Panama: Bocas del Toro

Looking back over my last few posts, I realize I’m quite wordy.  Once I get typing, I lose all control.  It probably doesn’t help that I tend to let entirely too much time pass between posts.  In an effort to shorten the length of my posts, and to avoid what happened in Costa Rica (letting everything build up for a month), I’m going to start posting more often.  (Looking over the previous few sentences, where I constantly and unnecessarily blabber about reducing my wordiness, I realize this will probably be an impossible endeavor.)

Pukulani Hostal, Bocas del Toro.

Pukalani Hostal, Bocas del Toro.

Anyhoo, after having a serious blog-a-thon for two days that didn’t even see me leave my hostel in Puerto Viejo, I was happy for an outdoor excursion.  On that Saturday, October 26th, I walked about 2km to the nearby Playa Cocles with Claire and Jove, a lovely English couple I met at my hostel (who also have a pretty cool travel-foodie blog: Prawns for Breakfast).  After sitting on my arse and doing nothing for the previous few days, not to mention being relatively immobile for the previous few weeks trying to heal funky toe, the long walk was sweat-inducing and a bit painful, to say the least.  By the time we reached our destination, I was exhausted and starving and quite happy to plop into the sand.  Jove was kind enough to tote me into the water for a cool-off swim, but a killer wave tossed me around like a water-logged rag doll and my new Wal-mart glasses were lost forever.

Coconuts.

Coconuts.

After we’d had our fill of the beach, the three of us hitched a ride back into town, had lunch at a Soda, and I took care of administrative work.  Namely:  buying a bracelet (I’ve gotten into the habit of buying a bracelet in every country I visit.  So far this romantic notion has been anything but, as my El Salvador bracelet broke [to-do on the 2nd chance tour!), I keep buying blue bracelets, and quite frankly my wrist looks as trashy as I do.  I’m hoping with more additions, I can class it up a bit; unfortunately all the shells on my new Costa Rica bracelet came off that night in the shower and the silver balls turned grey.  What was I saying about rambling??  I blame my mom for this character trait.), booking a bus for Panama, and printing out my fake flight itinerary (Some countries, such as Costa Rica and Panama, require proof of onward traveling before entering the border.  Since I’m a fly-by-the-seat-of-my-panties kind of girl, I just doctor up an old flight itinerary, print it, and voila!  Illegal, perhaps, but hassle free!).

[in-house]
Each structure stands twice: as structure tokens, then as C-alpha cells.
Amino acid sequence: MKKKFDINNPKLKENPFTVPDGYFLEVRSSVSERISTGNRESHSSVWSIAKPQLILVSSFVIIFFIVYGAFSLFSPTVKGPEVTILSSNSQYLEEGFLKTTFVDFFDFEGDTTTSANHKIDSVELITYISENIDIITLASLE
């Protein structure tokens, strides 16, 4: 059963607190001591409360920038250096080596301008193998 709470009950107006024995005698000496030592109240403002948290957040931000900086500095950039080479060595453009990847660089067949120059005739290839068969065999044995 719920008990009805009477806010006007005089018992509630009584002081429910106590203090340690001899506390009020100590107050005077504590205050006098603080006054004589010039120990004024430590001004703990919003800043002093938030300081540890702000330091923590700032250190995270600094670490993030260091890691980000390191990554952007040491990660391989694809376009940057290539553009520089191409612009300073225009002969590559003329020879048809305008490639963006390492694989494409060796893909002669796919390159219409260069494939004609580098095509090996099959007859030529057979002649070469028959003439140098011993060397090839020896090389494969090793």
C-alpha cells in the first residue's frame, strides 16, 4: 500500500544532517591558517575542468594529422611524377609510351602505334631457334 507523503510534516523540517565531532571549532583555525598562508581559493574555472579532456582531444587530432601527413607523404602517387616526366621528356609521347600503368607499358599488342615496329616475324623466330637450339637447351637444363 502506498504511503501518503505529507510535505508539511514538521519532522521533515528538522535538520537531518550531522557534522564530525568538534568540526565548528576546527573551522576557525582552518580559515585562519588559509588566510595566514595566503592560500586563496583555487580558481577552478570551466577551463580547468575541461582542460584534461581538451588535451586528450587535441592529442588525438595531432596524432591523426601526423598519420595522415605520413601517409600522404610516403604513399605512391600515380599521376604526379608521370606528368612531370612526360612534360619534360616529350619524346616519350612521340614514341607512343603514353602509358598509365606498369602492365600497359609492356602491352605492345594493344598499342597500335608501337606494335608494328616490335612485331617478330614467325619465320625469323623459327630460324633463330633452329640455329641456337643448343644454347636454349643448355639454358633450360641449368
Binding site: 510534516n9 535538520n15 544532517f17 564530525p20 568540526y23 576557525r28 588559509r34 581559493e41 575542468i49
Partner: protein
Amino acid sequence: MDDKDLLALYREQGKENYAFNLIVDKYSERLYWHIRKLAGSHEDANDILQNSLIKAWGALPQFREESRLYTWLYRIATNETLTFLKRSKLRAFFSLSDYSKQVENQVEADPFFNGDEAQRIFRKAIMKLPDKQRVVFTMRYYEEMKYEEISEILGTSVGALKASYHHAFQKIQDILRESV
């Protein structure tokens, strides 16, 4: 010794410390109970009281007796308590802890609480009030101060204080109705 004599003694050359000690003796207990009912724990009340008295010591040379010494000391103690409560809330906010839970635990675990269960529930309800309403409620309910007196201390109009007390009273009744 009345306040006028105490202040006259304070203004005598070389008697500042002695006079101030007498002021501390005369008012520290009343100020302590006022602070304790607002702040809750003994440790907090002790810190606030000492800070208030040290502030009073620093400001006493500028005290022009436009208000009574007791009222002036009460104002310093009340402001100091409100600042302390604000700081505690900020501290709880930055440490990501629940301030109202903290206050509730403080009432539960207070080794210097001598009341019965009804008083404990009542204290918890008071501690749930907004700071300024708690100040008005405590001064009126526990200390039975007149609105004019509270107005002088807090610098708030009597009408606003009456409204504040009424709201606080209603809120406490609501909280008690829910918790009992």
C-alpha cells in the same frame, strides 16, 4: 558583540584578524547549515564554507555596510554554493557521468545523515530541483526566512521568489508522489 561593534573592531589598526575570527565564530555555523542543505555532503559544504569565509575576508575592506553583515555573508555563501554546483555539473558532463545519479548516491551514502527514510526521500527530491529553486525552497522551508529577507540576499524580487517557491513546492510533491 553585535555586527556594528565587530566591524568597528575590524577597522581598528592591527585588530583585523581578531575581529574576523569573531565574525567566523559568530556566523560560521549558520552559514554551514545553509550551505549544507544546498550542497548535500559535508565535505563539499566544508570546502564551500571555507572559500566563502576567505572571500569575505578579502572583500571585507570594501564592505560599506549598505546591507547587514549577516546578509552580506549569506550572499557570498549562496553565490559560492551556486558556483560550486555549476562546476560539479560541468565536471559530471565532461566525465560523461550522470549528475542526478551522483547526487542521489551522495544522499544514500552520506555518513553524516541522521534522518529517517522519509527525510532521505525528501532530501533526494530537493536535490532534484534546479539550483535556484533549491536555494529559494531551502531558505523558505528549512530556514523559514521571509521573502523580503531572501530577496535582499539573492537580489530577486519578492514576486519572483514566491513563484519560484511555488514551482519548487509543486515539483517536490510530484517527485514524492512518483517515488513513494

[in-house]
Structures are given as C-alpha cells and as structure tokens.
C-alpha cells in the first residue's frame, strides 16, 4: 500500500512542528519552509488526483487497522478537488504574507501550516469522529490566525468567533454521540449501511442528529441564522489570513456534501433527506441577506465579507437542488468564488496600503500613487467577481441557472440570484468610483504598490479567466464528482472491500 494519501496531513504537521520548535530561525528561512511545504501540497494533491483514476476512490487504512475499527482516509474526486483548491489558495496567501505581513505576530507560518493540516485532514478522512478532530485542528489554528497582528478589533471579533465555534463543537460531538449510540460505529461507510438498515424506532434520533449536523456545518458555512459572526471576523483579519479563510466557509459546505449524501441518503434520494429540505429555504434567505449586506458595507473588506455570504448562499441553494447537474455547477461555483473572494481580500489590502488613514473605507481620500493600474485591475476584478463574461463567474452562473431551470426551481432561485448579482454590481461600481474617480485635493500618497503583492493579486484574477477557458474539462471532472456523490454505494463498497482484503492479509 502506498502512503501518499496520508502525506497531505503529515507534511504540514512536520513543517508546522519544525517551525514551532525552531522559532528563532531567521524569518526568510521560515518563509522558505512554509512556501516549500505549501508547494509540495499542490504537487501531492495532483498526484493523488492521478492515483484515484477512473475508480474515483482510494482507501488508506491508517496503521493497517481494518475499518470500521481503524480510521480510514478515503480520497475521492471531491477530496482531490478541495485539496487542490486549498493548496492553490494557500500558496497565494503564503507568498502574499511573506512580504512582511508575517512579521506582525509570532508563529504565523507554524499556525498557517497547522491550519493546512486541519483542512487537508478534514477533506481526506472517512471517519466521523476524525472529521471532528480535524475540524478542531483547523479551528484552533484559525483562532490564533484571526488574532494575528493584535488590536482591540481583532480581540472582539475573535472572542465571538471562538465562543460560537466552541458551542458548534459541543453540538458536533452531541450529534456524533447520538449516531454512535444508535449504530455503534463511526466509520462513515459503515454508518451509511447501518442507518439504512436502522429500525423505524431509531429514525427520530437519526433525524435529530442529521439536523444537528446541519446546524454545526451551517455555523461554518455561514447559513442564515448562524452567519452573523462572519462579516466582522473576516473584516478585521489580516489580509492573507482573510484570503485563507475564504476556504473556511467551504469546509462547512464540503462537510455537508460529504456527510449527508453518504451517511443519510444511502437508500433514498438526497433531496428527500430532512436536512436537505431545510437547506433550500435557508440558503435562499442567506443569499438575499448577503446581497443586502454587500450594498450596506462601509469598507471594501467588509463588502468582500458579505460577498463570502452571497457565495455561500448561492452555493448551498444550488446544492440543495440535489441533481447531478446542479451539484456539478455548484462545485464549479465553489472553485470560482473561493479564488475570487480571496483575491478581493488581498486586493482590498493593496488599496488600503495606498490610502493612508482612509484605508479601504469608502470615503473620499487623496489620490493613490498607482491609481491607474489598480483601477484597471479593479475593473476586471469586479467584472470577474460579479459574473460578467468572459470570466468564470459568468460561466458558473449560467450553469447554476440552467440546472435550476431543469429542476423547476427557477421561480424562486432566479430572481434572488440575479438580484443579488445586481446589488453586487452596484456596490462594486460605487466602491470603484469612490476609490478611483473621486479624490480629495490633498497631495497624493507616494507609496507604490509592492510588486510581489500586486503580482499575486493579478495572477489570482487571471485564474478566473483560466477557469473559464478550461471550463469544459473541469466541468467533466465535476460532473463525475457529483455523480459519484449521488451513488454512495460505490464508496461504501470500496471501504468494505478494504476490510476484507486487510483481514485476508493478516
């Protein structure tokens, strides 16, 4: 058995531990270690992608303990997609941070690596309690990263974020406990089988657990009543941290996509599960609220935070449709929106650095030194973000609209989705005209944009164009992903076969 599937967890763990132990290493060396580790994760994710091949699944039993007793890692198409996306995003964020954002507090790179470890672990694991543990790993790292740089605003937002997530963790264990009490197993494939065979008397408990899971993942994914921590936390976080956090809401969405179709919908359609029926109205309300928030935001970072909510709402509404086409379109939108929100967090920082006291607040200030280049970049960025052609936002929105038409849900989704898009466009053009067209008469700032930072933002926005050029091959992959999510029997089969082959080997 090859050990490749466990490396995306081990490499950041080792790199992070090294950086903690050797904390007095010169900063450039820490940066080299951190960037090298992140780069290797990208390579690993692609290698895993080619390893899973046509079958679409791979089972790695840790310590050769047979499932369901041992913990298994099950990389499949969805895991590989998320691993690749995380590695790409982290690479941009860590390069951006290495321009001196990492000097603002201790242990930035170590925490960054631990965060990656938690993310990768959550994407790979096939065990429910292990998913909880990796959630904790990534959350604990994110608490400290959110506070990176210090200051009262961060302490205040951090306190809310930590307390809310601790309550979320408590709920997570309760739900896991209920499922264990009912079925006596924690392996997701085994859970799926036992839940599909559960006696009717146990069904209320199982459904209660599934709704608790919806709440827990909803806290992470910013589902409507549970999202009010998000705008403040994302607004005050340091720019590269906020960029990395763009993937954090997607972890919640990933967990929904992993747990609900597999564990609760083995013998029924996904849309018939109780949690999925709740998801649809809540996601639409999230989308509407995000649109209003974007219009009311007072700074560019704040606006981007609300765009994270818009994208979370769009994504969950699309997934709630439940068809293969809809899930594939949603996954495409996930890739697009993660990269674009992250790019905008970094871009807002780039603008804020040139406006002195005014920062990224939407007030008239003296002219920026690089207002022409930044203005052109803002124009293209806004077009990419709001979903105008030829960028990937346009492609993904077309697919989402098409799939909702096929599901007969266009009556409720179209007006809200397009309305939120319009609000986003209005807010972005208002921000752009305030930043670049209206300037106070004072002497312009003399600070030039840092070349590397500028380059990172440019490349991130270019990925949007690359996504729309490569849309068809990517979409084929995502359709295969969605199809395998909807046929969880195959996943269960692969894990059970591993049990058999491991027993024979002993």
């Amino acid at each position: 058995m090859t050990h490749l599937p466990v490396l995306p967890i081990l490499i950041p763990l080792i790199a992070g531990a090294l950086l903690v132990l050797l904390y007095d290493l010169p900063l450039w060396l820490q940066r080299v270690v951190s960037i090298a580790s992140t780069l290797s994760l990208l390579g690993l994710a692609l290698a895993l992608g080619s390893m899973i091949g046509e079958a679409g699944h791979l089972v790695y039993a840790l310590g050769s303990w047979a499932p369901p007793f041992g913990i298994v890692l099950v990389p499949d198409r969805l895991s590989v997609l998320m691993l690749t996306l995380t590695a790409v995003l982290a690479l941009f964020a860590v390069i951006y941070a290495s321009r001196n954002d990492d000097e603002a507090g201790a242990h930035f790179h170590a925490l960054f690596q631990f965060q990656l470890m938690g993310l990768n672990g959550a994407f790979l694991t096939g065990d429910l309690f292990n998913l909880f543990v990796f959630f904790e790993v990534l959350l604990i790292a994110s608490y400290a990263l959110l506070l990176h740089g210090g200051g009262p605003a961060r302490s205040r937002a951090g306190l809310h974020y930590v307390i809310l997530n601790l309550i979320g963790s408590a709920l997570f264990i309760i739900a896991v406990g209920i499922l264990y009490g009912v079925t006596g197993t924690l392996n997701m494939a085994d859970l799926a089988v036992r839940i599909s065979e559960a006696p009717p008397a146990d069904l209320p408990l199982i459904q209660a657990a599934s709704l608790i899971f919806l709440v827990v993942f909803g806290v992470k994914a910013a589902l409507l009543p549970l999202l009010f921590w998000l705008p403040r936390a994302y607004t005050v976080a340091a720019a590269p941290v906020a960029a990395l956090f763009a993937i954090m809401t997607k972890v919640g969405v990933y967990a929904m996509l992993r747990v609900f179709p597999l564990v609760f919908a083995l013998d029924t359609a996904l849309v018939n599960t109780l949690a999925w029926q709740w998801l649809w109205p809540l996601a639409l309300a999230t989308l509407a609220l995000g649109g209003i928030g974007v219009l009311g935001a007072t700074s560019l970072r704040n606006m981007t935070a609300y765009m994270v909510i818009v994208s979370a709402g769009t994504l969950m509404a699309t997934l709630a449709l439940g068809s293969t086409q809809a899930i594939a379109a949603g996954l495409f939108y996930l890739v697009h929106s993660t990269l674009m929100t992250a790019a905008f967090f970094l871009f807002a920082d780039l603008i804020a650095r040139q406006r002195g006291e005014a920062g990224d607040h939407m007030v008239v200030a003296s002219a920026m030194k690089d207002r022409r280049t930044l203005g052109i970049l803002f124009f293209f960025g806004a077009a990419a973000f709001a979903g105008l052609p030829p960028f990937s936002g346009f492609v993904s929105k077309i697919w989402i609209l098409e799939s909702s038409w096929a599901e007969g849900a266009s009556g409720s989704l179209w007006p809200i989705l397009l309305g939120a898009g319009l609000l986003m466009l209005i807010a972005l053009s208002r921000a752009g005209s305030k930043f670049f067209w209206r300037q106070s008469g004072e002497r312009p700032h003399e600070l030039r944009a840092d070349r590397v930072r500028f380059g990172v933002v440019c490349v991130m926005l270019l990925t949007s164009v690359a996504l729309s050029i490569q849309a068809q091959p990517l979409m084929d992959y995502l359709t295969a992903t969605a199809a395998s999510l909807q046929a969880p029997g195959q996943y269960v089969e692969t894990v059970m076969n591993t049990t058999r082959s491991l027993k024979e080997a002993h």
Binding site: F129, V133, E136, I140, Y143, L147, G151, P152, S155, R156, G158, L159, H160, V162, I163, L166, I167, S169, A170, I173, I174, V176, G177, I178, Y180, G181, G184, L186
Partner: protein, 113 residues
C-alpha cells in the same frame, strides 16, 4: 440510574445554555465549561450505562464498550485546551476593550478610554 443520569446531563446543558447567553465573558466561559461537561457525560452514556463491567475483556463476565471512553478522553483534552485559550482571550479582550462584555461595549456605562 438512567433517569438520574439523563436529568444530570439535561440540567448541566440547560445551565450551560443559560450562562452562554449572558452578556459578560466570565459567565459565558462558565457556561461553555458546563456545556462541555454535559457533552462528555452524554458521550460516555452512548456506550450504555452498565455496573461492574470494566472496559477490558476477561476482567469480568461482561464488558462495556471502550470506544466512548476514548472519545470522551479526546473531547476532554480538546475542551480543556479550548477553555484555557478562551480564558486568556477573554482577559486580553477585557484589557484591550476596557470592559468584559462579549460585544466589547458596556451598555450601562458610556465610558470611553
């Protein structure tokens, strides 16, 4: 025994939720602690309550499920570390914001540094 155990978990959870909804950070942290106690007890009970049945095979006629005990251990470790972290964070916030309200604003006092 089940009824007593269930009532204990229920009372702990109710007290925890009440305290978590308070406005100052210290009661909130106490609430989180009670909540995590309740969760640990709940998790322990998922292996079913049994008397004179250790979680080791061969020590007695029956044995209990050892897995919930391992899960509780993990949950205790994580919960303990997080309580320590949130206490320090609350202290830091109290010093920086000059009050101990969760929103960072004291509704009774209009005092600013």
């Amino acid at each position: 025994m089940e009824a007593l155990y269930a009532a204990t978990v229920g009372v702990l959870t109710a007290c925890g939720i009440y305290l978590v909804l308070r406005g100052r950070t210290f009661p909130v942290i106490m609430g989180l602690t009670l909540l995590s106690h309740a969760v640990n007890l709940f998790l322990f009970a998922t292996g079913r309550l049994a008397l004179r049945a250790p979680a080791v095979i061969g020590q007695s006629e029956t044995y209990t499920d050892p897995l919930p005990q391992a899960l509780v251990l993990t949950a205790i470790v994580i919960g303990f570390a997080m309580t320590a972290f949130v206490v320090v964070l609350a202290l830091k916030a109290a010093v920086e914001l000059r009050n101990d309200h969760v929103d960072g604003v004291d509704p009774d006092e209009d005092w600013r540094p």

Sunset.

Sunset.

Sunday morning, I hopped on a shuttle that wound through banana plantations, bound for the Costa Rica-Panama border.  At the border, I had to strap on my backpack and walk across an extremely rickety bridge loosely covered with rotting wooden boards and rusty orange metal.  I thought surely I was either going to wedge a crutch into one of the many holes and face-plant or crash through an opening and thus end A Tale of Two Legs; alas, I made it, albeit soaking in sweat.  Back on the bus and then onto a boat, I eventually made it to my destination:  the archipelago of Bocas del Toro, a region on the Caribbean coast.  I found a hostel in Bocas Town, the capital of the Bocas del Toro region, and quickly set out for Gringo’s Mexican restaurant.  The owner was an American transplant who quickly plied me with tasty margaritas.  As the sun was setting, I lumbered precariously back to my room and passed out.  Classy.  I was soon awakened to the sound of knocking:  my friends Claire and Jove had arrived from Puerto Viejo.  Together, we went out for a delicious Indian thali.

Kayak.

Kayak.

The next day, choosing not to take a boat to one of the numerous islands of the Bocas del Toro archipelago, I taxied to Pukalani Hostal, located on the main island just 5km from Bocas Town.  I chose this place not only because of its proximity to the main town; I was instantly sold when the website boasted a pool, a dock out into the ocean (no need to beg or barter for piggy-back rides!), and free use of the kayaks.  I spent the following five days relaxing by the pool, working on my tan for the first time on this trip (since I turned 30, I have shied away from too much sun, but I realized I was looking quite pasty for a Central American traveler), and kayaking.  Unfortunately, on my first kayak excursion, I stupidly brought along my iPhone, which of course got drenched in salt water and stopped working.  Idiot.  On my second kayak excursion, I stupidly caught a wave  that crashed right into a rock reef.  I managed to come out of it wet and coughing and clutching the oar in one hand and my hat in the other, but without any blood loss.  Impressive.  Oh, and when unpacking on the first day, my Ziploc bag of swimsuits was MIA.  Damn.  I had to improvise with bra and panties.

Still purty.

Still purty.

Nevertheless, it was a great few days, and I considered staying a bit longer, but the city-bug started to bite.  So, on Friday afternoon I packed up my increasingly lighter backpack, complete with salty undergarments and a bag of rice ‘n phone, and caught a night bus to Panama City.

Okay, forget it.  I ramble.  I’m a rambler.  My posts will never get shorter, because I’ll always just find more to ramble about.  Ramble on.

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